Also from AHHS was Mr. Paul Foerster. He was the only teacher who ever gave me in school suspension for missing class. He knew I was capable of more than what I was giving, and he expected better from me. Even then, I knew he punished me because he cared, not because he was mean or being an asshole. I think he loved all of his students equally (and he was there FOREVER, so that’s a LOT of students), which was also a great lesson; love is infinite and there is plenty to go around if you let it. He never ever ever played favorites, unlike almost every other teacher I’ve had.

Which leads me to Glenn Boswell, affectionately known to all of us as Boz. He also never ever ever plays favorites. Ever. He makes every person (not just his students) feel special, and worthy, and capable, and accepted. I remember he told us that he had to fix his ex-daughter-in-law’s car and we all thought that was crazy. But to Boz, she was the mother of his grandchild and would always be part of his family. That set a shining example for me of how love should be; unconditional.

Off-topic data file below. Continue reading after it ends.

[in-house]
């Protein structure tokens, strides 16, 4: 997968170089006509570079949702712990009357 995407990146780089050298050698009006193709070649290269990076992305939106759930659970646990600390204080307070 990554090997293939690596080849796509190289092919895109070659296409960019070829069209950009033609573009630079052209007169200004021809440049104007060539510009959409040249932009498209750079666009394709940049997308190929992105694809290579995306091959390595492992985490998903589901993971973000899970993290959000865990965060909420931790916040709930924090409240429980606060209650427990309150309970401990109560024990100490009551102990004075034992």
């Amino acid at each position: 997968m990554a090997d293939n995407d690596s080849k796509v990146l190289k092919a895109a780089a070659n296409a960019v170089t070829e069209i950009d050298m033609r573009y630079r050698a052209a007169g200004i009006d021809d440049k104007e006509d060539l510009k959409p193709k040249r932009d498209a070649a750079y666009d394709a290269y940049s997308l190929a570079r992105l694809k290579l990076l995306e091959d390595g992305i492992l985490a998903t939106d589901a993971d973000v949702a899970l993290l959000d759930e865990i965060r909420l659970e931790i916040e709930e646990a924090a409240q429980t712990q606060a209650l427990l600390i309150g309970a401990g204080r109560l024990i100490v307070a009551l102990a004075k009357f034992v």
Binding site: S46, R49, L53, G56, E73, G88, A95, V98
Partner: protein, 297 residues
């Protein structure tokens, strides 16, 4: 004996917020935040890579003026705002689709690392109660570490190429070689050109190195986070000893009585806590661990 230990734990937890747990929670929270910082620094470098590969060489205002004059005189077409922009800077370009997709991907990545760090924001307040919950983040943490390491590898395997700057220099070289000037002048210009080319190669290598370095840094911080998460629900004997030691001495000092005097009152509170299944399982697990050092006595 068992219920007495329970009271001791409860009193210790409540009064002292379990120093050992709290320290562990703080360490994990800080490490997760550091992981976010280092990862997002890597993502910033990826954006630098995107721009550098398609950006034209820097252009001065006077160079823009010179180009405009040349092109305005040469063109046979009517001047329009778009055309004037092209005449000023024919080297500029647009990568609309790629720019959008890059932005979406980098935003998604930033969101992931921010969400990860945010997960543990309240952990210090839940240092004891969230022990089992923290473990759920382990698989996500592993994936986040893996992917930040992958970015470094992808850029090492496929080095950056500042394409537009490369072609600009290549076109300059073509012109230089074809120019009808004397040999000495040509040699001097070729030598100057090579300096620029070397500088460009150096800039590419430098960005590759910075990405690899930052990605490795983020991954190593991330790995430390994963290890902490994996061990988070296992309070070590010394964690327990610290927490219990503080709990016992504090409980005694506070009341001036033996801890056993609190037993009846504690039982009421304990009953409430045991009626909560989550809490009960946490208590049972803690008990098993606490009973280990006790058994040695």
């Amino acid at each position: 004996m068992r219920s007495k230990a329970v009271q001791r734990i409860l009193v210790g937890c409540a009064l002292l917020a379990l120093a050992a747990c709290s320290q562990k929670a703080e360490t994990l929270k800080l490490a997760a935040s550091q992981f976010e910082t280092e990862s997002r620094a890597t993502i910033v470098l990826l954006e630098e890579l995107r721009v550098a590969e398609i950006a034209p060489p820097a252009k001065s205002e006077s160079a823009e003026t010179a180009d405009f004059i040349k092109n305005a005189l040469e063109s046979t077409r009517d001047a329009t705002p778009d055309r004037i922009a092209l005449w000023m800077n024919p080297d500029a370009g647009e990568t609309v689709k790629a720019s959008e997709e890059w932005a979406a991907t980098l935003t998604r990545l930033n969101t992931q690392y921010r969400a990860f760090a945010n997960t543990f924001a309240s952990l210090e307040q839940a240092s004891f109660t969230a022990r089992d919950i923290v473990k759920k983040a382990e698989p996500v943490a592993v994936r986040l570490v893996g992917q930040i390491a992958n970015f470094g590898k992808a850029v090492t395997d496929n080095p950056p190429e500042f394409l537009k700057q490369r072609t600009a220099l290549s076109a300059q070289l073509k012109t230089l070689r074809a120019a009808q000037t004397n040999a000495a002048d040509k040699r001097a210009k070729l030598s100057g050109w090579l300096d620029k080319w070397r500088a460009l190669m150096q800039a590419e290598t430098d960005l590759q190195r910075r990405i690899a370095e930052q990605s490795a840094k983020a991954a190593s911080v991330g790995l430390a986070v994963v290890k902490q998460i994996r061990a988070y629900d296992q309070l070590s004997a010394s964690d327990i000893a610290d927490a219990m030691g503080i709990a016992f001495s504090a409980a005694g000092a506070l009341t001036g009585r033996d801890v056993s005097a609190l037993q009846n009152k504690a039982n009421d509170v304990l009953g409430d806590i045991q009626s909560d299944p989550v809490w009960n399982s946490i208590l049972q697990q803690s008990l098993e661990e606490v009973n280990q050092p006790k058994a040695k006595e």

Boz always underrates his importance in changing lives. So many kids go off to college broken in some way, both minor and major. At a junior college, the rate is even higher. I was more broken than most; in an abusive and controlling marriage after surviving an abusive and controlling childhood. Many times I floundered, to say the least. But Boz was always there to pull me through. He didn’t have to do anything special…he just was THERE. When I was knocked down, he lifted me back up. When I said I couldn’t, he told me I could. He gave advice with no expectation of it being followed. He offered comfort when my life was at its worst. Most of all, he believed I was amazing, and he made me believe I was amazing, too.

Without Boz on my side, I would likely have stayed in my miserable marriage for much longer because I wouldn’t have had the means to support myself and my kids, both financially and psychologically. Not only did he teach me everything I know about computer architecture and half of what I know about programming, he gave me glowing job recommendations. I always got the job. Not only was I able to leave my abusive husband, I was able to provide a good life for my kids when they were young.

Even now, Boz is still the angel on my shoulder. When I don’t blog often enough, I get a gentle nudge reminding me to post something. I think a quarter of my entire blog is due to Boz’ nudging.

It’s been 20 years since he came into my life. While I don’t get to see him often enough in real life, he is still a major influence for me. Although he never signed up for the job, he’s the closest thing I have to a father and that is more than a lot of my friends have. For that, I will always feel blessed.